Brought to you by Compulsion Games and mostly funded by faithful followers on Kickstarter, We Happy Few has been one game that I have been looking forward to playing since it’s initial announcement at last years E3 conference. The graphics grabbed me as did the surreal, creepy, smiling faces and the old time but futuristic surroundings. The juxtaposition of the whole outlook made a perfect setting for a game I would play and got me very excited! So I was over the moon when at this years E3 came the announcement for its release.
Although the game has been released as an unfinished playable preview it is still in development. Rather then release a half-baked game Compulsion Games have added a disclaimer in when you start it up explaining that crashes and data loss may happen and that bugs are still being worked out. None of which I have experienced myself, thankfully. They have also said that once the full version is released there will be a campaign mode that will hopefully dive into the depths of the story, one of which is already compelling from what I have played.
So, not to spoil the game I will simply enlighten you to what I think of the games dynamics, graphics and my overall first impression.
The main thing I first noticed was the choices. You make many choices throughout the game, some of which I am yet to know the circumstances of but imagine it must all play a part in how your character develops through the game. Even your surroundings change due to particular decisions.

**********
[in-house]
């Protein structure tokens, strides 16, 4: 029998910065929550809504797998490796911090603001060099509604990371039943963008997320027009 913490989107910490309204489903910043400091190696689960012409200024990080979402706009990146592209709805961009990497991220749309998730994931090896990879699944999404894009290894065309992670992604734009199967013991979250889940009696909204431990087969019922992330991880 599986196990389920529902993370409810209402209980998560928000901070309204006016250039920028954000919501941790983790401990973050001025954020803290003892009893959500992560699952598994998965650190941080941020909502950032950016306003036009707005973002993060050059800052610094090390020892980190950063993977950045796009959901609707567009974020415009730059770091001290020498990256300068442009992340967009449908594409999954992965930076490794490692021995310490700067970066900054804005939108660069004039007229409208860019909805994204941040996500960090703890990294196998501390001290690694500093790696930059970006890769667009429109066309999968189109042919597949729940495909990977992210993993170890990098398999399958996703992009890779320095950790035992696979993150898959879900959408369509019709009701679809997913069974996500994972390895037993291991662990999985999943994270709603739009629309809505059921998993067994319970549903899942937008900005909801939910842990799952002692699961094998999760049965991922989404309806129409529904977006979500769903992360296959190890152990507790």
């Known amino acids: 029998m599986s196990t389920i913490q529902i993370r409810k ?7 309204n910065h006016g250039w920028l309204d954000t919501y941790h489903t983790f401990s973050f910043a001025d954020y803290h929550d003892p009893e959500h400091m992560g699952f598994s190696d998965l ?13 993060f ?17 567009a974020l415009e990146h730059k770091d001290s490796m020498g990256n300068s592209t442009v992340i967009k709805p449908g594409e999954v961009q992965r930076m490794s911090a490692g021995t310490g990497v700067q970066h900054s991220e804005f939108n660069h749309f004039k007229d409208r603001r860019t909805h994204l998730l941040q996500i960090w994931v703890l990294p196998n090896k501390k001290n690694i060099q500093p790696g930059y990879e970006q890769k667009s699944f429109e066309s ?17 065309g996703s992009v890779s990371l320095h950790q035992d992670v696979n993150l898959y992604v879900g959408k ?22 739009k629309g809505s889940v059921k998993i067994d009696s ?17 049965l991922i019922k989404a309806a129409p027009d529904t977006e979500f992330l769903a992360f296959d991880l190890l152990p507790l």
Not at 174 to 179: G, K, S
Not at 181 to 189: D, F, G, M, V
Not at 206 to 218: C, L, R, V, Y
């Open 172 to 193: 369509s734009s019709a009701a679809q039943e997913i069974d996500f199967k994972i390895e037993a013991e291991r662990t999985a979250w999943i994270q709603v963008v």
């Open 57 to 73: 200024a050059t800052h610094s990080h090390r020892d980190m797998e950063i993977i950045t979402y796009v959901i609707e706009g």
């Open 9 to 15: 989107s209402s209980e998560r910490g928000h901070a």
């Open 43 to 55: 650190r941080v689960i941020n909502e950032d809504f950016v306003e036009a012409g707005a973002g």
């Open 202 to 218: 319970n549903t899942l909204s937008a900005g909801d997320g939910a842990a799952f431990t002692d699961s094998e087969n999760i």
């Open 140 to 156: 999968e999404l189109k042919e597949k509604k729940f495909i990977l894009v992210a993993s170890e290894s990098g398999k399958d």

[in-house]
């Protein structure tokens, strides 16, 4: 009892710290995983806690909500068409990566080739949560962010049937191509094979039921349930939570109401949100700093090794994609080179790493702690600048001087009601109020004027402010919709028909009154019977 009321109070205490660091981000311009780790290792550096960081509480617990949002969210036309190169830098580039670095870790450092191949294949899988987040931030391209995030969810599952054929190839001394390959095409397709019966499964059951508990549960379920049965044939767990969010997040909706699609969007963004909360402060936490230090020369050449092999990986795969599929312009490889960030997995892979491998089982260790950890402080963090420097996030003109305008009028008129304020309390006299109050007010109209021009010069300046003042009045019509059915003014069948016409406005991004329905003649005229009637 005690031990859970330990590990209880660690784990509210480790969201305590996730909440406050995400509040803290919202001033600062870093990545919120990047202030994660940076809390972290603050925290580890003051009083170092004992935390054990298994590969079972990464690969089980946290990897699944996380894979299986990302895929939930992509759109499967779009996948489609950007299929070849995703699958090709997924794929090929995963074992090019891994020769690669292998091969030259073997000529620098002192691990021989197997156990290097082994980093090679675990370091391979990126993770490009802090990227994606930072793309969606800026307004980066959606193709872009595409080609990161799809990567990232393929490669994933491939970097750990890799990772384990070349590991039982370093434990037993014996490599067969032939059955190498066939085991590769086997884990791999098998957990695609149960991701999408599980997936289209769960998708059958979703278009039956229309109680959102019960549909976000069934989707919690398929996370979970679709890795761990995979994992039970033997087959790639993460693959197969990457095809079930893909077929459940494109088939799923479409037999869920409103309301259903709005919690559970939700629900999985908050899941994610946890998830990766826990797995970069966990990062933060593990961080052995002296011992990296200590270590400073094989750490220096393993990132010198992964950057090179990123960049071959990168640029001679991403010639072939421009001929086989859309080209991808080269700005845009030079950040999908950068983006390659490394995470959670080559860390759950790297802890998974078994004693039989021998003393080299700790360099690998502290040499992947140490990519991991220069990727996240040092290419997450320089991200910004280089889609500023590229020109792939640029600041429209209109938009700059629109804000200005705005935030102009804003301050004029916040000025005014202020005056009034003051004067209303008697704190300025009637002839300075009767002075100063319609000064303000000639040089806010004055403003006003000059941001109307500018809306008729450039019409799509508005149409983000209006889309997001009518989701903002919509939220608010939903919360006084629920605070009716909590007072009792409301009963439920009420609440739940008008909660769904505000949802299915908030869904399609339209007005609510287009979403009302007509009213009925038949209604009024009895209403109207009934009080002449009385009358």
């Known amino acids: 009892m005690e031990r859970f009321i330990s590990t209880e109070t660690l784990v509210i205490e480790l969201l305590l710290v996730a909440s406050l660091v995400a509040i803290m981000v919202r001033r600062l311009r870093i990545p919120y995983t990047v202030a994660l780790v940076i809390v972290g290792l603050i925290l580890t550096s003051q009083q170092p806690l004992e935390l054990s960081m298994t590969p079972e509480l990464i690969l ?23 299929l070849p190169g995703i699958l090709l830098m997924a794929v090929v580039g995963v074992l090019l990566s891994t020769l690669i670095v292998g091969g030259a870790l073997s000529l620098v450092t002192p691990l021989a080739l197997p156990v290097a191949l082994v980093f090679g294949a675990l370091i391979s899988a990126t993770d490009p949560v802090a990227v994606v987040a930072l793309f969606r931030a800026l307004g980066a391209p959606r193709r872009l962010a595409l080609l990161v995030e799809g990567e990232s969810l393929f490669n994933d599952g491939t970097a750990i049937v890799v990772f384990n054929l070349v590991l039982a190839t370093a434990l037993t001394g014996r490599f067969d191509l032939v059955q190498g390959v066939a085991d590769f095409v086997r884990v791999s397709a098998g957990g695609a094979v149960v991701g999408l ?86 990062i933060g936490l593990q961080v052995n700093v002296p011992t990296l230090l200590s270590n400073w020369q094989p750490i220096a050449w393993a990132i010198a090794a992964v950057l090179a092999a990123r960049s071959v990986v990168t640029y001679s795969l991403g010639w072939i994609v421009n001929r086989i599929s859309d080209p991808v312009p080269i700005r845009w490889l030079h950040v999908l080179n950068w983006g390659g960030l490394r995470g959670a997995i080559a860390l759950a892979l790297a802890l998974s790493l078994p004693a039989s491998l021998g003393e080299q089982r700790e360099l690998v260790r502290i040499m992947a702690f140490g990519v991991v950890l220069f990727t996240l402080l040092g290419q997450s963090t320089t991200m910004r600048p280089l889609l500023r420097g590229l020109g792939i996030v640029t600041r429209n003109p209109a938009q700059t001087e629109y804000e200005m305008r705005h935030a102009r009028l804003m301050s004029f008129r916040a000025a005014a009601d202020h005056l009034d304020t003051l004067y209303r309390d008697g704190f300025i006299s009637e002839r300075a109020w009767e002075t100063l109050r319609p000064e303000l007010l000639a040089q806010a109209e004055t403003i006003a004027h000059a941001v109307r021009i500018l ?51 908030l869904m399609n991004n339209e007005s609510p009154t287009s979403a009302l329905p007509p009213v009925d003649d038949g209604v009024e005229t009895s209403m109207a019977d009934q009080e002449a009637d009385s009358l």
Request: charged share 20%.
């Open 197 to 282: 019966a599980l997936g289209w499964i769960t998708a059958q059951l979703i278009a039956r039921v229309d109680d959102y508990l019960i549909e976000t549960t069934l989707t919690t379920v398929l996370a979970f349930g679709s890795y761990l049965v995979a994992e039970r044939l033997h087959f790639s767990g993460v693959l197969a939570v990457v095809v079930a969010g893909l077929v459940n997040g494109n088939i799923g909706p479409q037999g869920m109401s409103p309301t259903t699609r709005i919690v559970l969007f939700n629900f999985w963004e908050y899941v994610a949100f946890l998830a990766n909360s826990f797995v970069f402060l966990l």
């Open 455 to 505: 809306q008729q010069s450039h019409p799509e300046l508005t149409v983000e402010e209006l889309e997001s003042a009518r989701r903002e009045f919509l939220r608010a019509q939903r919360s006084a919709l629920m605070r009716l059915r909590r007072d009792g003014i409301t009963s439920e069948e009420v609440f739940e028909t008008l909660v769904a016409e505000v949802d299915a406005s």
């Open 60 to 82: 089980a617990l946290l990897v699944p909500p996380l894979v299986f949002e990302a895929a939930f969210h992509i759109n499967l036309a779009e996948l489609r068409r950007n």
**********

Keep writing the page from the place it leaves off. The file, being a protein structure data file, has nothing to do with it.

The scenery in itself is a marvel, and has an apocalyptic feel to it which parallels with the characters around you. You start in a reasonably normal setting, in the fictional English town of Wellington Wells. You’re working in an office, plodding along with life and it flips, all changes and your very first decision is one that could change the main course of the entire story.
Wellington Wells is a place where people are in need of vitality and life to keep going. It’s the 1960’s, post war and you can chose to act as such or conform with others.
The protagonist, Arthur, isn’t sure what he wants and the ramblings throughout his dialogue constantly reminds you of this. So as a player you feel compelled to strengthen and instil some faith back into yourself as Arthur.
I have to say the actual game play isn’t what I expected. I had expected a linear, straight forward story set in this weird but wonderful place but I was very, very wrong. I found this out slowly but surely as I kept dying of hunger and thirst before I had even encountered any other threats. (The developers have since announced that the difficulty of this will be reduced in the latest update). But this was when I realised how well thought out We Happy Few really is. You can die of hunger and thirst really easily, if you don’t eat or drink. Sprinting, fighting and sleeping all correlates with this as well. For example, sprinting everywhere will make you thirsty quicker then walking. If you eat something rotten there is a real chance that you may get sick, if you use a dirty bandage you may pick up a nasty unwanted infection, and there are ways of counteracting these affects too. Your weapons will become damaged and break. Your clothes become ruined and if you are dead, you are most definitely dead. Thankfully you have the option in the main menu to switch ‘permadeath’ off but it will still send you all the way to your starting point if you die.
Overall I think this indie title will grab the attention of any gamer, it has the simplicity of a single player game with the depth of an RPG. Described as a survival horror, although the gore is fun and plentiful, I would put more emphasis on this being a survival game, you literally have to fight to stay alive and you have the power to chose your own fate, so do you? or don’t you? That is the question.